HA: In chatting with poet Cynthia Dewi Oka about the way her writing teaches her, and how, sometimes for years after, she’s learning from the things her poems know that she still needs to integrate or activate. If this is something you’ve found, what are some moments from Another Way to Split Water wherein the work has taught you / continues to teach you now?
AP: In sequencing Another Way to Split Water, I was looking at poems I’d written across five or six years and trying to pay careful attention to what themes emerged, what ideas echoed, what motifs threaded through. What I found truly surprising was how a poem I wrote five years ago, a poem I might have felt didn’t really represent who I was anymore, suddenly became so resonant when placed next to a newer piece. Somehow, these poems came to feel new and representative, as if completing the story, or perhaps starting a new one. This was a little reminder, I suppose, to honour my poems and what I might have felt I needed to say at the time I wrote them. It was also a reminder that even a poem printed in a book isn’t static at all – context, our experiences and our backgrounds, our subjectivity at any given moment, will alter its meaning. I think as well as individual poems striking new chords as I return to them, I’ve also noticed my obsessions with different words or motifs throughout the collection. There are strands in this book that didn’t emerge or become clear to me until months after the manuscript was ready. And questioning why my subconscious was so preoccupied with these different aspects really does lead to new answers and learnings about myself.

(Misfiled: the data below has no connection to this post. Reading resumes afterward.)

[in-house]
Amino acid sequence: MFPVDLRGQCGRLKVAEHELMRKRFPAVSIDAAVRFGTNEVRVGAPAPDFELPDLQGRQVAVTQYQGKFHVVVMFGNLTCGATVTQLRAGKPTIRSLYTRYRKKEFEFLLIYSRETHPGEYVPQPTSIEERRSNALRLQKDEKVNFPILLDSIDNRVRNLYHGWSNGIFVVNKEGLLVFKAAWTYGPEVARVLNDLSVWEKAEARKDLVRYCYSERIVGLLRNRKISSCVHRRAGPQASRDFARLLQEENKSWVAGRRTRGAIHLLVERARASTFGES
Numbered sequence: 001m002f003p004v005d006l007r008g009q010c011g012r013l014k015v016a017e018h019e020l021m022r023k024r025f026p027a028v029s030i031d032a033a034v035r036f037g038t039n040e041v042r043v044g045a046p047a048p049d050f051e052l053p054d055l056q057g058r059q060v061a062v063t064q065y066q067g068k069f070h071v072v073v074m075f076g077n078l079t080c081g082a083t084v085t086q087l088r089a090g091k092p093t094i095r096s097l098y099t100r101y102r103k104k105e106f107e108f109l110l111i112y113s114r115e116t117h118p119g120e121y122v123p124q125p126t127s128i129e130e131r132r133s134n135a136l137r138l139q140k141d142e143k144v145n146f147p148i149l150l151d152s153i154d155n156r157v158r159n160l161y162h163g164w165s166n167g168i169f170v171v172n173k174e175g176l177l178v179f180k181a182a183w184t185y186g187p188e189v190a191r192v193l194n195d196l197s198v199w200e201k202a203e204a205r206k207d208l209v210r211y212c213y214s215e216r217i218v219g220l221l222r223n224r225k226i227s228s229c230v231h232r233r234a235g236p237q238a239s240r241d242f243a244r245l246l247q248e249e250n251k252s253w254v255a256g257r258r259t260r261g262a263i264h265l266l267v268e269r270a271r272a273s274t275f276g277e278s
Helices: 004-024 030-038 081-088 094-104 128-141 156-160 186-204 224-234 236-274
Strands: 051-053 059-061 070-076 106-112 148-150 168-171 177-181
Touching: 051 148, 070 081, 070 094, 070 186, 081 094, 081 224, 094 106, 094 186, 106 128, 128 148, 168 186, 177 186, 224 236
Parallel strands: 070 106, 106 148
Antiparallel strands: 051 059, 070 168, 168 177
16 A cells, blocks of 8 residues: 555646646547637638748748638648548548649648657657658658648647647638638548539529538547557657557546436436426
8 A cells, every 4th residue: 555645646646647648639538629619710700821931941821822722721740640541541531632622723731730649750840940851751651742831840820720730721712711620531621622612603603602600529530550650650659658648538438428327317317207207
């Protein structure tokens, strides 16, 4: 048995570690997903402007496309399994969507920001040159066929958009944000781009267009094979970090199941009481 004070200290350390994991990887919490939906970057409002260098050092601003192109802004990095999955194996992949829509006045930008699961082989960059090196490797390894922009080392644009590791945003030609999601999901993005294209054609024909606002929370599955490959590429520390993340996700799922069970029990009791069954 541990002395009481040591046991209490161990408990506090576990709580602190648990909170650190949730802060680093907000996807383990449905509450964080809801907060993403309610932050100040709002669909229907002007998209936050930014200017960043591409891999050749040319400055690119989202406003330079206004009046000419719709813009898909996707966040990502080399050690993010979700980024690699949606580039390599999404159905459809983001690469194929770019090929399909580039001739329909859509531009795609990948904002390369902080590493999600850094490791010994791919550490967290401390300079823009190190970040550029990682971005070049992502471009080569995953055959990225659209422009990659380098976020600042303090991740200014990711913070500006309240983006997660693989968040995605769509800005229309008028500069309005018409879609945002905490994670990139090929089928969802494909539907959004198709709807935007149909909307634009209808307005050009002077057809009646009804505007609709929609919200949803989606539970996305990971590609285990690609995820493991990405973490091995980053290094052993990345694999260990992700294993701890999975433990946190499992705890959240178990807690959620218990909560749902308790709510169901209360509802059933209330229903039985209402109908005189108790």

HA: After winning the CBC Poetry Prize, you noted in an interview: “What influences me most, other than the life experiences I talked about and natural imagery—which is prominent in those poems—is what I’m reading at the time.”
Which books, writing or art (of any form) are holding your attention these days—whether returning to or recently found? Also, what books could folks benefit from reading side-by-side with Another Way to Split Water?
AP: I think Madhur Anand’s Parasitic Oscillations is a really exciting collection. I love the way it weaves together poetic language and scientific observation; this is something I feel like I’ve been trying to achieve in some of my own writing. So, even though I only picked up Anand’s collection a few months ago, it’s a book that I know will continue to impact my own work.